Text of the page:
Six Tips for Preventing Photo Loss

Today’s post by David Zimmerman, with Joe Farace

If you read my previous post, Avoiding Memory Card Problems, you know that if you shoot a lot, and maybe even if you don’t, it’s inevitable that you might run into some problems that could cause you to lose some of your photographs. Here are some tips from an expert on avoiding this kind of loss.

  • Take your time. When you click the shutter to take a photograph, the camera needs time to write and organize the image file. Pause a minute after taking a series shots to be sure that you don’t cause file errors or formatting problems for the entire card.
  • One card per camera. You should have one dedicated memory card for your camera. Every device has a unique numbering and formatting procedure, so you want to avoid corruption problems that can come with mixing cards. Using just one card also helps you avoid accidental deletions or losing the card as you move it from place to place. (from Joe: I don’t always do this…)

How I made this shot: I photographed this McLaren at the Cars & Coffee event in Parker, CO using an Olympus E-M5 Mark I with Olympus 14-42mm f/3.5-5.6 II R lens and an exposure of 1/640 sec at f/11 and ISO 250.

  • Don’t get them wet. Similar to the infamous “Gremlins” from the movie, you don’t want to get your SD cards wet. Keep liquids and food away that can ruin the gold-plated contact points and the inner workings of the cards. Be careful when making pictures in rainy weather and avoid transferring files while sipping on your morning coffee or tea.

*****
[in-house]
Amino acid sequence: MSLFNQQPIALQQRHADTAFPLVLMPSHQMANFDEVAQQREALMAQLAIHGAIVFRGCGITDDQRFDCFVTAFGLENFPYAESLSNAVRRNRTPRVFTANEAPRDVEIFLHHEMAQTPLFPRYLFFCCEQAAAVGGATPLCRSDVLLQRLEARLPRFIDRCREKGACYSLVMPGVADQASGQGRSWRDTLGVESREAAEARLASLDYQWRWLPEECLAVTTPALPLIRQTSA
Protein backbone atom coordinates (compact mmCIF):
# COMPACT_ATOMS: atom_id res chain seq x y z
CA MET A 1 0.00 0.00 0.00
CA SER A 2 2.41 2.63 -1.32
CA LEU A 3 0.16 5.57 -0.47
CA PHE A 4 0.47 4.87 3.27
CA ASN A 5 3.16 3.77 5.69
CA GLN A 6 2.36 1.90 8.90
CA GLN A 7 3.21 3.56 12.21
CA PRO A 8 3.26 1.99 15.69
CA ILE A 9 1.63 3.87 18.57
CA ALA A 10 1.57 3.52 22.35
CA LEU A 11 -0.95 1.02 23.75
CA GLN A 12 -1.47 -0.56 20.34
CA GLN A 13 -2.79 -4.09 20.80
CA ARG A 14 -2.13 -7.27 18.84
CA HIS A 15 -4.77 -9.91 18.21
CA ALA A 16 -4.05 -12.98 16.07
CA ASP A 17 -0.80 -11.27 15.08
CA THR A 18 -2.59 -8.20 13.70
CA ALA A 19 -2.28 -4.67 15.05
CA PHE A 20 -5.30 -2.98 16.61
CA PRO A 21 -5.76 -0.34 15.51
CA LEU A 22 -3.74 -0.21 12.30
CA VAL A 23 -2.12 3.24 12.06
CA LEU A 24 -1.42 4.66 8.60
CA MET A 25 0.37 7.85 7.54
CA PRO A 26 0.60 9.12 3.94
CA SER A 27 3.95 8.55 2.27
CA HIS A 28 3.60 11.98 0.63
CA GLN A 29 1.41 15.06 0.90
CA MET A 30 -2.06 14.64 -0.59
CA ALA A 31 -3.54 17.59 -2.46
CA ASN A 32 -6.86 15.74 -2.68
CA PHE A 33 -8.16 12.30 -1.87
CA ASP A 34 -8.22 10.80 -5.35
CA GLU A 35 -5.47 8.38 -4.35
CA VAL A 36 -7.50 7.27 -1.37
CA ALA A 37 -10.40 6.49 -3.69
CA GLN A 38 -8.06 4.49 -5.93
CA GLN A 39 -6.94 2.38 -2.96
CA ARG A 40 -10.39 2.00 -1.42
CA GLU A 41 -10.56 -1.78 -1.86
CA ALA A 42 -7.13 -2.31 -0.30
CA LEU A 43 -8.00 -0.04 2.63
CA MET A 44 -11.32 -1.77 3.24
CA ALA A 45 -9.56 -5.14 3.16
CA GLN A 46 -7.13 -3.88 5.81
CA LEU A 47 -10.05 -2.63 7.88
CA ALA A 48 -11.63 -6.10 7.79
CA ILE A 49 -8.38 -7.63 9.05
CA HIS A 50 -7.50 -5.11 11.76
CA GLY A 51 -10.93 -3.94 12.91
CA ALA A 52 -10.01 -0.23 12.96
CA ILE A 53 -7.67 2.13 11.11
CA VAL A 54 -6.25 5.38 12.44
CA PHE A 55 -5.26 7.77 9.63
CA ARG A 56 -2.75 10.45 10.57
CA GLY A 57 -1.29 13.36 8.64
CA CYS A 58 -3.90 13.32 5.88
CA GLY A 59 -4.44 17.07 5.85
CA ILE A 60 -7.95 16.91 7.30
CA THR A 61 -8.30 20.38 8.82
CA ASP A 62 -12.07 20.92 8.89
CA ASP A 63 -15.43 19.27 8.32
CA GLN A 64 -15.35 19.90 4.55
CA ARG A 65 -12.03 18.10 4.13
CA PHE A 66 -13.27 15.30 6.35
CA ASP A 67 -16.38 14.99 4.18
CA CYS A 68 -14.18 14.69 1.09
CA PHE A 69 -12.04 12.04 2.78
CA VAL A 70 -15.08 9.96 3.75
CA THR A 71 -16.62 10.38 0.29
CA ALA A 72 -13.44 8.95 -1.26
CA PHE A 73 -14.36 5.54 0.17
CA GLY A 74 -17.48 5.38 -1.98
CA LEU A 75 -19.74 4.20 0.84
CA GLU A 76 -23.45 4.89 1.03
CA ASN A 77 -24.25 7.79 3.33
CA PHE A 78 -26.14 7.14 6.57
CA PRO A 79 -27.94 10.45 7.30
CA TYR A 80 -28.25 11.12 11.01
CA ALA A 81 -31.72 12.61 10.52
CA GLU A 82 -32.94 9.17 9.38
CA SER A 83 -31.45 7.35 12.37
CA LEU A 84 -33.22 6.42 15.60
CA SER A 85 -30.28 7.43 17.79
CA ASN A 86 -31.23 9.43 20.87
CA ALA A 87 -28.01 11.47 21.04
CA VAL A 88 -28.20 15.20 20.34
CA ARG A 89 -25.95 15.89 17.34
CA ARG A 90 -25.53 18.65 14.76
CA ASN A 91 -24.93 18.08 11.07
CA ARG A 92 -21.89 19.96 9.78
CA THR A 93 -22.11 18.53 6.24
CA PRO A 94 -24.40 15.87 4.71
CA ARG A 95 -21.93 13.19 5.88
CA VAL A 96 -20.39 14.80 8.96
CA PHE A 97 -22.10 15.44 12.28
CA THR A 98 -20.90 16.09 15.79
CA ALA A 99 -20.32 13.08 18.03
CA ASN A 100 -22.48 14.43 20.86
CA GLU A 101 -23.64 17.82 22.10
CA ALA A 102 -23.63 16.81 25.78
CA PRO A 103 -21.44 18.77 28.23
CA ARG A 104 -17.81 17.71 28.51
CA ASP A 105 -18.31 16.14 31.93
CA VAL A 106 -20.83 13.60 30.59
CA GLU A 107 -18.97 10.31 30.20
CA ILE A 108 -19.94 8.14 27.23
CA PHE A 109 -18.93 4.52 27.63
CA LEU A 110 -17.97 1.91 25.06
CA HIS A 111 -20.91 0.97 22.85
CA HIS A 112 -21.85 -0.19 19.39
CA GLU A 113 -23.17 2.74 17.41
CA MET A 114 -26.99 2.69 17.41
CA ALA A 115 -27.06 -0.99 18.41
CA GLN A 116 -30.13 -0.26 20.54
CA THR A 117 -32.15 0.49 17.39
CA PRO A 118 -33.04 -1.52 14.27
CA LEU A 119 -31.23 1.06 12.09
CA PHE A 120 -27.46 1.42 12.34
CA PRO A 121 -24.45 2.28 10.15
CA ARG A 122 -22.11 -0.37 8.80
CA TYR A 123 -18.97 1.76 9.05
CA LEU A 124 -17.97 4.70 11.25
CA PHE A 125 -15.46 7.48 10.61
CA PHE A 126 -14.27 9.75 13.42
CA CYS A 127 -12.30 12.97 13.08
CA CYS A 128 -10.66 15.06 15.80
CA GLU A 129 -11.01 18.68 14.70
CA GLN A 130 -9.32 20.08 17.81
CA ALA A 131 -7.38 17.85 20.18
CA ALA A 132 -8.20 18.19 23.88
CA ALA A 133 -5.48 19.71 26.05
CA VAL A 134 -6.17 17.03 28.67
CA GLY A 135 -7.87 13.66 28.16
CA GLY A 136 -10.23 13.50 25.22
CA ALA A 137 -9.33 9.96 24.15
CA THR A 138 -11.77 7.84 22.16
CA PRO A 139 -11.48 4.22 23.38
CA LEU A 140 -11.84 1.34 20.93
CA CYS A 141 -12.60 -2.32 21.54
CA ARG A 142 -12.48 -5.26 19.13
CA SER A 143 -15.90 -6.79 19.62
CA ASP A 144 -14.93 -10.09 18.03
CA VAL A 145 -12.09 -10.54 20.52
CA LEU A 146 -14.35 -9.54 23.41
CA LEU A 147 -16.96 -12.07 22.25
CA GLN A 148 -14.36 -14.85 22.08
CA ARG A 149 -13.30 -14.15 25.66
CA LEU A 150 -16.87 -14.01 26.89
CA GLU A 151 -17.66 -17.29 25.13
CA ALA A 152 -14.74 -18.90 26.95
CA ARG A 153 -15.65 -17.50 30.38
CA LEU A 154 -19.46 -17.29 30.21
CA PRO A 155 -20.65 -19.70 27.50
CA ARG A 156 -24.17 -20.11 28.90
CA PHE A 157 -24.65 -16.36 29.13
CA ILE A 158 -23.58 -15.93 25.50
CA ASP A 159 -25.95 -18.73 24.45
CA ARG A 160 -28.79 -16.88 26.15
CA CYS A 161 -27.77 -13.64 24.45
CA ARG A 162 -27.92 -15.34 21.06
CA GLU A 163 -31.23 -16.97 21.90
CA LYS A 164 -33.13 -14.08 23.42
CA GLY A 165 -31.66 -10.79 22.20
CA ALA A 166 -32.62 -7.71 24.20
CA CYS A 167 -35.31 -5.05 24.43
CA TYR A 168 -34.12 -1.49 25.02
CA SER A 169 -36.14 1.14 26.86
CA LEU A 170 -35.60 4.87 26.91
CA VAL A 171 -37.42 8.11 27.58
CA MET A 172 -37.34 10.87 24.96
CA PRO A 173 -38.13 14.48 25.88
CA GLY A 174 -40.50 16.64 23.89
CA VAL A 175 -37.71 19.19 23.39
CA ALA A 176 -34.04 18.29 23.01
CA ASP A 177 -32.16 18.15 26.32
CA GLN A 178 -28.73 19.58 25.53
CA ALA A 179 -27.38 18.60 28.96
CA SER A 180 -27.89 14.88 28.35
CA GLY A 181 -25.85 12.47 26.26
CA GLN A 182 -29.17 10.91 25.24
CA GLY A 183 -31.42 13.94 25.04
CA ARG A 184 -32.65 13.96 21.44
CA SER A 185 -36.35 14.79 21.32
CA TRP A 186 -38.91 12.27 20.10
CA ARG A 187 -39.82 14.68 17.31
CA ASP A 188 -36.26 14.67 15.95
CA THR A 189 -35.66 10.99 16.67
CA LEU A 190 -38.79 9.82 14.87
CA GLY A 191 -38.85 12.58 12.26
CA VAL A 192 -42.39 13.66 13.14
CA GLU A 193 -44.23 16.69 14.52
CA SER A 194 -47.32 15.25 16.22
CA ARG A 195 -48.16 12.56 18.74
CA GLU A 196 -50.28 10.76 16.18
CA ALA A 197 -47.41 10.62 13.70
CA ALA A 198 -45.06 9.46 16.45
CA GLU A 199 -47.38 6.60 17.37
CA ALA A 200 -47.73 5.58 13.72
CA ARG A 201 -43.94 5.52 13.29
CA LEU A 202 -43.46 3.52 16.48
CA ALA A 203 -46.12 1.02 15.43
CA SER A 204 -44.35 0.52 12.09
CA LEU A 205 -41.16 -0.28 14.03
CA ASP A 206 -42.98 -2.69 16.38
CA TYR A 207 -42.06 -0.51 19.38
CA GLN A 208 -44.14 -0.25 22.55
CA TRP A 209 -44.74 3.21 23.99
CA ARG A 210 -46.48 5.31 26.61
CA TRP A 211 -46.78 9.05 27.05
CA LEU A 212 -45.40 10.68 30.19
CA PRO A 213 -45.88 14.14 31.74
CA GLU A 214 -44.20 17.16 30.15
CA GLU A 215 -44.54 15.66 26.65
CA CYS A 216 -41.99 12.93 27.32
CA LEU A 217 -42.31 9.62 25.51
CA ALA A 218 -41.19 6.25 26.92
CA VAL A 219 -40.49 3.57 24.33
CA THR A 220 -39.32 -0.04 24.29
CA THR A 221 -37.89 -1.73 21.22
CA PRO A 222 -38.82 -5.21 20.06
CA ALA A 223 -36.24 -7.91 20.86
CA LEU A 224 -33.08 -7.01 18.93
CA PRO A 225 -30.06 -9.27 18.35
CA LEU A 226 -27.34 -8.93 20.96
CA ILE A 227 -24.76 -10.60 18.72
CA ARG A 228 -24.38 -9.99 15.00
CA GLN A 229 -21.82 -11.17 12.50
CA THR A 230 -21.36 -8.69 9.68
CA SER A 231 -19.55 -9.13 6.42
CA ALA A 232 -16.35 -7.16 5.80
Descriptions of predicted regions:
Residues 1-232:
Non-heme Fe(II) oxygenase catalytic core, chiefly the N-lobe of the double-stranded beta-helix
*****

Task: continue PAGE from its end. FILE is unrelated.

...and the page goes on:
• Watch the camera’s battery power. Avoid taking pictures while on low battery, because this can cause errors in how files are written to the card. It takes power to run all of the camera’s processes, so don’t risk having a problem. Have a backup battery to ensure you aren’t caught facing that perfect shot and discover you’re our of power. They’re not that expensive and having a back is more useful than just minimizing memory card problems.
  • Pay attention when deleting and formatting. SD cards hold a tremendous amount of photo and video files, so you shouldn’t delete pictures manually to free up card space. Some devices use a destructive form of deletion, which can overwrite an entire picture’s data, making it impossible to recover. Leave the deletions and formatting actions to your computer’s photo management software, so you avoid file corruptions or accidental deletions.
  • Use a card reader. Looking for an easy to use, reliable, and cost-effective device to help you manage your digital photos? You need a card reader that enables fast file transfers from your memory cards to your computer. These products are inexpensive, convenient and help avoid any “low battery” issues

David Zimmerman has been in the hardware/software industry for more than 30 years and the data recovery software market for 18 years. This experience has made him uniquely familiar with the data recovery business. LC Technology International, Inc makes data recovery products for most of his competitors.